In Progress

The One That
     Got Away

Have you ever committed a crime you DIDN'T have to pay for?

By Laura Billings Coleman
,
Photographs by Emily Baxter

When Minneapolis attorney Emily Baxter put that question out to her social network during her 2011 Bush Fellowship, she was astonished by how many strangers called to confess. “My phone just started to ring and ring,” says Baxter, who works for the Council on Crime and Justice. Equipped with a recorder and a camera she bought with her Fellowship stipend, Baxter set out across Minnesota taking down these true confessions: the small-town teacher who never got stopped for driving drunk; the attorney who helped his college buddy sell drugs; the pediatrician who once blew up a port-a-potty. The more than 200 interviews she’s conducted run the gamut from “egregious to petty, hilarious and heartbreaking,” says Baxter, who boils each confession into a concise story arc and waits for participant approval before publishing “so that the final draft is a criminal report created by the participant.”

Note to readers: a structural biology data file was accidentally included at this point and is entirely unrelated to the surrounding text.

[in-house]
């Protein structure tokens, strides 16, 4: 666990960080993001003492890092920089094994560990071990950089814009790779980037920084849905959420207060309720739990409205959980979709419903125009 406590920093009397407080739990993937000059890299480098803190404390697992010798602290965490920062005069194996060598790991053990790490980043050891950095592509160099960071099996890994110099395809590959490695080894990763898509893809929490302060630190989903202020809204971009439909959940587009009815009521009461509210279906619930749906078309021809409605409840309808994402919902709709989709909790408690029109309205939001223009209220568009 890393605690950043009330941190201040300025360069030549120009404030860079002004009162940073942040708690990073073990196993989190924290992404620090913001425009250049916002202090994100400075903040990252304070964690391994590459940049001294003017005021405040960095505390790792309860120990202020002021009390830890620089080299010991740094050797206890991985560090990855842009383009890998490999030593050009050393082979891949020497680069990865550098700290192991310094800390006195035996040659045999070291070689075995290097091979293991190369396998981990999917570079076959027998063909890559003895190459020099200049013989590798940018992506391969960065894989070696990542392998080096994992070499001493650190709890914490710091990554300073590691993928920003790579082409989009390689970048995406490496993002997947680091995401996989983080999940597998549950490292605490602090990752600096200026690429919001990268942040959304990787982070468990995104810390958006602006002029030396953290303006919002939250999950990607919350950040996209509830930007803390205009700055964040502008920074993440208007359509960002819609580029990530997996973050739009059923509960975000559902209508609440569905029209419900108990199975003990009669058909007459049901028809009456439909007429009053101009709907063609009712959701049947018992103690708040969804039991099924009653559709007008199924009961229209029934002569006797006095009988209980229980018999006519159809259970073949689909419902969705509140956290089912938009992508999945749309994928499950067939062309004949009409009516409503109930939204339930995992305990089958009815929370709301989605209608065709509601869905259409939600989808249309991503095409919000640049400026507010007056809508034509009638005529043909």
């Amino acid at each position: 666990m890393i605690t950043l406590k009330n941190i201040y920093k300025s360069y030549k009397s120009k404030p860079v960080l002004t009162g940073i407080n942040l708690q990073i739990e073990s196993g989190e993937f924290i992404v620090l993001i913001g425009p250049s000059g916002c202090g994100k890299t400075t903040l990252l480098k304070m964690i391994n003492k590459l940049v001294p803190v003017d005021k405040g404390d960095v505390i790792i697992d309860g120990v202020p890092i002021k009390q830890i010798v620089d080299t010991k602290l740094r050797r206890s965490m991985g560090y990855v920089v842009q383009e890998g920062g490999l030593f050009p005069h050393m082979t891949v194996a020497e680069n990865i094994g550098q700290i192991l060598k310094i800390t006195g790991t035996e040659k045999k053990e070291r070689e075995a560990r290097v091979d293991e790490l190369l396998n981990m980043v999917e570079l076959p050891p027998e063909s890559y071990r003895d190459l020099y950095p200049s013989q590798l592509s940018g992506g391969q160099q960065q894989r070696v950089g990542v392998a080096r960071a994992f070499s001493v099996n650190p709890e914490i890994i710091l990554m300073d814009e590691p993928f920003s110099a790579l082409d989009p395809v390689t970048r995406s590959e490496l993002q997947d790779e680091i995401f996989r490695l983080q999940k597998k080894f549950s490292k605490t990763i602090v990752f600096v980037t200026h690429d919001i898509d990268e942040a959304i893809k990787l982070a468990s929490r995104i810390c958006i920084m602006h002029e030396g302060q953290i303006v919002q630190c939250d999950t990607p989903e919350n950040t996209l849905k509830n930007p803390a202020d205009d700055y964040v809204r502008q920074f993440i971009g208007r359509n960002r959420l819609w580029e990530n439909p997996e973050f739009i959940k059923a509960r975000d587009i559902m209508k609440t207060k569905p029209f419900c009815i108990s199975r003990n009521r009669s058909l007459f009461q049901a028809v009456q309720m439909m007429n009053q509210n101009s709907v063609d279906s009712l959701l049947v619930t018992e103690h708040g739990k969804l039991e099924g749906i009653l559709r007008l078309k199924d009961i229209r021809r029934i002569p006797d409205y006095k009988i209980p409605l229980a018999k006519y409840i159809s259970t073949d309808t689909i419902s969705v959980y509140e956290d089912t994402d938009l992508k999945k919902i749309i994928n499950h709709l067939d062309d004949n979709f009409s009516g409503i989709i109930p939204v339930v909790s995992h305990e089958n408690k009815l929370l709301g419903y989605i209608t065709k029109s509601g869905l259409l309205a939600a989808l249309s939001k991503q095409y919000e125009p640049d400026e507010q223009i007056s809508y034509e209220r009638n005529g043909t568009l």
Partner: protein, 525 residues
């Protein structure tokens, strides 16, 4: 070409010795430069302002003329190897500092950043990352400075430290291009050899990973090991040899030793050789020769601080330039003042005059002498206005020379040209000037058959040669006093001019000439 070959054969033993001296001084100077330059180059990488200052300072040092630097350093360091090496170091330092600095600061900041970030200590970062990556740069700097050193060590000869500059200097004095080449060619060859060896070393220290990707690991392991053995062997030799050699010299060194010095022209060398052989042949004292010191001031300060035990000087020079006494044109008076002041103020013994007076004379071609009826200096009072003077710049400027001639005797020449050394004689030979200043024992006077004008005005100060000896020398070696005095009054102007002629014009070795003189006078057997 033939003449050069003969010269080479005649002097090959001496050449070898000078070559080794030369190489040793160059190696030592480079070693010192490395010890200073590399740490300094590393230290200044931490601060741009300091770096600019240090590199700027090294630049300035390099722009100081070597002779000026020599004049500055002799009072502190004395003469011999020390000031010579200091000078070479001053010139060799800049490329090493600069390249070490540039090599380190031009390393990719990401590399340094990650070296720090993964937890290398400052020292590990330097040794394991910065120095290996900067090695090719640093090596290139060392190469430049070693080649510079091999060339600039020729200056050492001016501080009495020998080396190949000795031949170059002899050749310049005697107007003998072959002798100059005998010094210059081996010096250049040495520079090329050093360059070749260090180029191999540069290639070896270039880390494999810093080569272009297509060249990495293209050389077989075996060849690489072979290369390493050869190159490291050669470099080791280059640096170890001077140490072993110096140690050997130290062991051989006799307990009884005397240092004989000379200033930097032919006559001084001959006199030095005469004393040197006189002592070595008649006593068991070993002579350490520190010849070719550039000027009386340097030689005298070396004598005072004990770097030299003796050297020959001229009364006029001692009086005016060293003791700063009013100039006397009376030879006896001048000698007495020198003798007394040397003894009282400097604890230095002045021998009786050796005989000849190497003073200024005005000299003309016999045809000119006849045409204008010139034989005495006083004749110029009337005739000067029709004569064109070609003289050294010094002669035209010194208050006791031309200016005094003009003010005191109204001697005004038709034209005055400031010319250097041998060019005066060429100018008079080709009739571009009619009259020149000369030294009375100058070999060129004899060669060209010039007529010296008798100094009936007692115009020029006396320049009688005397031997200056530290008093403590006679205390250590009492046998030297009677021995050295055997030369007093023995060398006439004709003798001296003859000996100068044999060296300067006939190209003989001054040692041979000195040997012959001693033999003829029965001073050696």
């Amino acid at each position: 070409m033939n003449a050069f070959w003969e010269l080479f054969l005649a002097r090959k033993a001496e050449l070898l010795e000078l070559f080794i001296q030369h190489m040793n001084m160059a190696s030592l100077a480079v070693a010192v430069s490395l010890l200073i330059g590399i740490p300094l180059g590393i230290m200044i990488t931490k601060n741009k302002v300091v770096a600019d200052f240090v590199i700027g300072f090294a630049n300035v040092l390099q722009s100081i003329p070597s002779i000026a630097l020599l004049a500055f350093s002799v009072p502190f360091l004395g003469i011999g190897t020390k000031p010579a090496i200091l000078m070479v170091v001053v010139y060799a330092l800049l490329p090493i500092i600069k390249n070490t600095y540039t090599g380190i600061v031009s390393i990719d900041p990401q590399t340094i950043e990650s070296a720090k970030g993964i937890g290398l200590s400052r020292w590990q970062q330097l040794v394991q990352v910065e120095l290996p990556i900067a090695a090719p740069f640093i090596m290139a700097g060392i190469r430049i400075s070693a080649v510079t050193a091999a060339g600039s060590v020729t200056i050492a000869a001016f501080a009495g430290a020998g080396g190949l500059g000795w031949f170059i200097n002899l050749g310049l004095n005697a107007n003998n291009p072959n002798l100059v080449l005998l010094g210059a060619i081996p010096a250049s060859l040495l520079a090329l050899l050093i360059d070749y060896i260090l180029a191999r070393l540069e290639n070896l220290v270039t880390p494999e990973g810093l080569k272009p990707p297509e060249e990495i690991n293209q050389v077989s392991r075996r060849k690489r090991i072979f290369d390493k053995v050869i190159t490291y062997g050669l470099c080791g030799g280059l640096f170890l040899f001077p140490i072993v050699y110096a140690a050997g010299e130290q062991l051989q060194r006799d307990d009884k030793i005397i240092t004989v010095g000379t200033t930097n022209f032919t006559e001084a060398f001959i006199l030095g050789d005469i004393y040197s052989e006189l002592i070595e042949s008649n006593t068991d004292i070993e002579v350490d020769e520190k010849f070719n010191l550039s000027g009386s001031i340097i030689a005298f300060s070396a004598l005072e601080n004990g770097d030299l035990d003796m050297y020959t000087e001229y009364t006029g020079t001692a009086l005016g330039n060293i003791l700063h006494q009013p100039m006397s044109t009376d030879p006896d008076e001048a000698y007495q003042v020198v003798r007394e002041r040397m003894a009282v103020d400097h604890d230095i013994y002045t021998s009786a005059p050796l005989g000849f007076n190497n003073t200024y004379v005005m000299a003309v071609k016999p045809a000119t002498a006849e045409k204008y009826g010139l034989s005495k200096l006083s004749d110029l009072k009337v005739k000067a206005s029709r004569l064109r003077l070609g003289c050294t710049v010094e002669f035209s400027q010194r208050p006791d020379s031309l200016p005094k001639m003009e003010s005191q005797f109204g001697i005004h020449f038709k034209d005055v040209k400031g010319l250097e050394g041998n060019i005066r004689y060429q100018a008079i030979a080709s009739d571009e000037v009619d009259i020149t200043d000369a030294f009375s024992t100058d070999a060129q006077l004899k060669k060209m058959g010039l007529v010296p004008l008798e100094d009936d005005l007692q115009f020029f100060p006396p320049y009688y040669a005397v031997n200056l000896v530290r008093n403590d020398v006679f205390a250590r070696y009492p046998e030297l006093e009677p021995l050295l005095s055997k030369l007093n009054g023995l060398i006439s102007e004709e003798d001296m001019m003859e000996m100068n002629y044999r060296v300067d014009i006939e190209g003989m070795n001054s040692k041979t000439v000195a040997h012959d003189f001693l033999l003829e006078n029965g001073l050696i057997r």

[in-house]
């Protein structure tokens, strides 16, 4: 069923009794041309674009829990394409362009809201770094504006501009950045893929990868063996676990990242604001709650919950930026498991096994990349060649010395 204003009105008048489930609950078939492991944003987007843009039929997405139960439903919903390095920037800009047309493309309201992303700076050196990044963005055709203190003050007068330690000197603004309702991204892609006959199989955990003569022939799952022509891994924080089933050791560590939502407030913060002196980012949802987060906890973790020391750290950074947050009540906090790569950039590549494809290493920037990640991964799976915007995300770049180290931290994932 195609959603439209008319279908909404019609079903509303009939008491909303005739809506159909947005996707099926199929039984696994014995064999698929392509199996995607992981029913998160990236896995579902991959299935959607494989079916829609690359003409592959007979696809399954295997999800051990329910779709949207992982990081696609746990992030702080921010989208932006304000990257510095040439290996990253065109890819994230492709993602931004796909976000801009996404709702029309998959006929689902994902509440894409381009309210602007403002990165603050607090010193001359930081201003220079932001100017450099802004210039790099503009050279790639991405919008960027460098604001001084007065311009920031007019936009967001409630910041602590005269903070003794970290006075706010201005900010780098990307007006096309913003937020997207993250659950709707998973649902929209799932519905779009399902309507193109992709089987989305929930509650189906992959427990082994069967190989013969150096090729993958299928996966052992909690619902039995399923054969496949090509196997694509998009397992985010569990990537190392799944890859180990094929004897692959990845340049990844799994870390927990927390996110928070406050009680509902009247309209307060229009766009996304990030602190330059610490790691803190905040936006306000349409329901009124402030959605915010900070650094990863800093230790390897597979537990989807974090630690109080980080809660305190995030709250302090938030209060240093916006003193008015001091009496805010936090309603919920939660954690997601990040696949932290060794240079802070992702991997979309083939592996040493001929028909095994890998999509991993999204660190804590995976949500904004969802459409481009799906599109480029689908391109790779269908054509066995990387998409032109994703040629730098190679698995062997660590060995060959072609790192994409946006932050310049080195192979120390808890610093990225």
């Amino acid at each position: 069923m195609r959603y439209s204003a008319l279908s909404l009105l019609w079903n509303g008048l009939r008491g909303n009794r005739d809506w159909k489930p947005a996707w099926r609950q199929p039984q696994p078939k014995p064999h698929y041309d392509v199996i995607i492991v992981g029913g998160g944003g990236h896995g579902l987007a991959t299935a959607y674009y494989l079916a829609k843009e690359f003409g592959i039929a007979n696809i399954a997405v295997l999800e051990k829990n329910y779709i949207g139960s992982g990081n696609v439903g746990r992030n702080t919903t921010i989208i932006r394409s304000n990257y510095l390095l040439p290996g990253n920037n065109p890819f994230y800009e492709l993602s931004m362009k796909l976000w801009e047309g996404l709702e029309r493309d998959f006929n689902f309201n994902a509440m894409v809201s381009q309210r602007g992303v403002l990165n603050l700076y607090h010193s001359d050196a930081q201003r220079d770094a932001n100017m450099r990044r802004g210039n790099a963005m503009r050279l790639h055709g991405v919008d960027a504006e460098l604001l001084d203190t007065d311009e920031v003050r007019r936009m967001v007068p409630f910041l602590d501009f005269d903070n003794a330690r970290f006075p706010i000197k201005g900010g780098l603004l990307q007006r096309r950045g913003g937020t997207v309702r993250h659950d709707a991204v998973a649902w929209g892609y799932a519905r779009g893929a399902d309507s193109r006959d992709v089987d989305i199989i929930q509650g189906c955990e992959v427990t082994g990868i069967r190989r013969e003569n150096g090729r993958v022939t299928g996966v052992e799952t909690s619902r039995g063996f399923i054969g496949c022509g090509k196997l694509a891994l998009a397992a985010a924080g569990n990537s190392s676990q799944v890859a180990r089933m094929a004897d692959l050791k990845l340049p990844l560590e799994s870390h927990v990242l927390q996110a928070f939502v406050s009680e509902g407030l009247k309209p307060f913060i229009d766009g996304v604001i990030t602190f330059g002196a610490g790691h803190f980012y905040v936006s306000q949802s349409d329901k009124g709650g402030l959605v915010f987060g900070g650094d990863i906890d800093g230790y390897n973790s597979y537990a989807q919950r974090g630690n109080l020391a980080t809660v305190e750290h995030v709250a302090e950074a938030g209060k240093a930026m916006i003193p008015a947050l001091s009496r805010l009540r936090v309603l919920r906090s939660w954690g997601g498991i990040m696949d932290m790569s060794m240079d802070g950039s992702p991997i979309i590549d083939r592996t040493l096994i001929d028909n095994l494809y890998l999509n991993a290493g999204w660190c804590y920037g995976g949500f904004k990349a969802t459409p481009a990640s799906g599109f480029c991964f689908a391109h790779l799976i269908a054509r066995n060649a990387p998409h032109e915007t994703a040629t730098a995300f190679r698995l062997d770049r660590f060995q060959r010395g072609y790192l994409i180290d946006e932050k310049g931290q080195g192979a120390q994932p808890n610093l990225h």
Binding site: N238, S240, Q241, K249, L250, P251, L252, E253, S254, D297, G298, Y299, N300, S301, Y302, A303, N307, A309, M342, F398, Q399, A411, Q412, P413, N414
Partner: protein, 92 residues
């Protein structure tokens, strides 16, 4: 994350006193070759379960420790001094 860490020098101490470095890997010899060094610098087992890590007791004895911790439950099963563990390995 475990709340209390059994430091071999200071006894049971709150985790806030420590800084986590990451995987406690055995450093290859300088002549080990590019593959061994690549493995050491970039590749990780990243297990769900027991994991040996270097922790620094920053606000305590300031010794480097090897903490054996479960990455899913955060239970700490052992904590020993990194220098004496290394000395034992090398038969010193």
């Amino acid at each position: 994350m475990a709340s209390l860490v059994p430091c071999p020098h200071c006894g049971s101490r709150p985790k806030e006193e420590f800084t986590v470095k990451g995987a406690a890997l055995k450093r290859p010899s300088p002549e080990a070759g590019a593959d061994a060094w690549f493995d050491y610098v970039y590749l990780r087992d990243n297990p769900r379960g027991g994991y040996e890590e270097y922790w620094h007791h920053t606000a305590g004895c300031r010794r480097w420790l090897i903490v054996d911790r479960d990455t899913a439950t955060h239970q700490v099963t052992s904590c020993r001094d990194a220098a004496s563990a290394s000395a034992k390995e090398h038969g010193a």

The result is We Are All Criminals, a website/traveling art installation that Baxter hopes will create more second chances for the one in four Americans who has a criminal record. “Most of us have crossed the line at some point in our lives, but 75 percent of us haven’t had to pay for our mistakes every day for the rest of our lives like people with criminal records do,” she says. “When you start to consider all of the doors that could have been shut, when you start noticing the parts of your life that could have been foreclosed, you start realizing how fortunate you are not to be defined by the single worst thing you may have done in your life.”

We Are All Criminals began as a footnote in Baxter’s Fellowship application, but she believes it’s been an effective way to make a case for greater compassion toward people with criminal records. “This project burrows into people’s brains, and maybe even their hearts, and changes the way they view themselves and the system,” says Baxter. “I don’t think I’ll ever be done with this. This is going to be a life project for me.”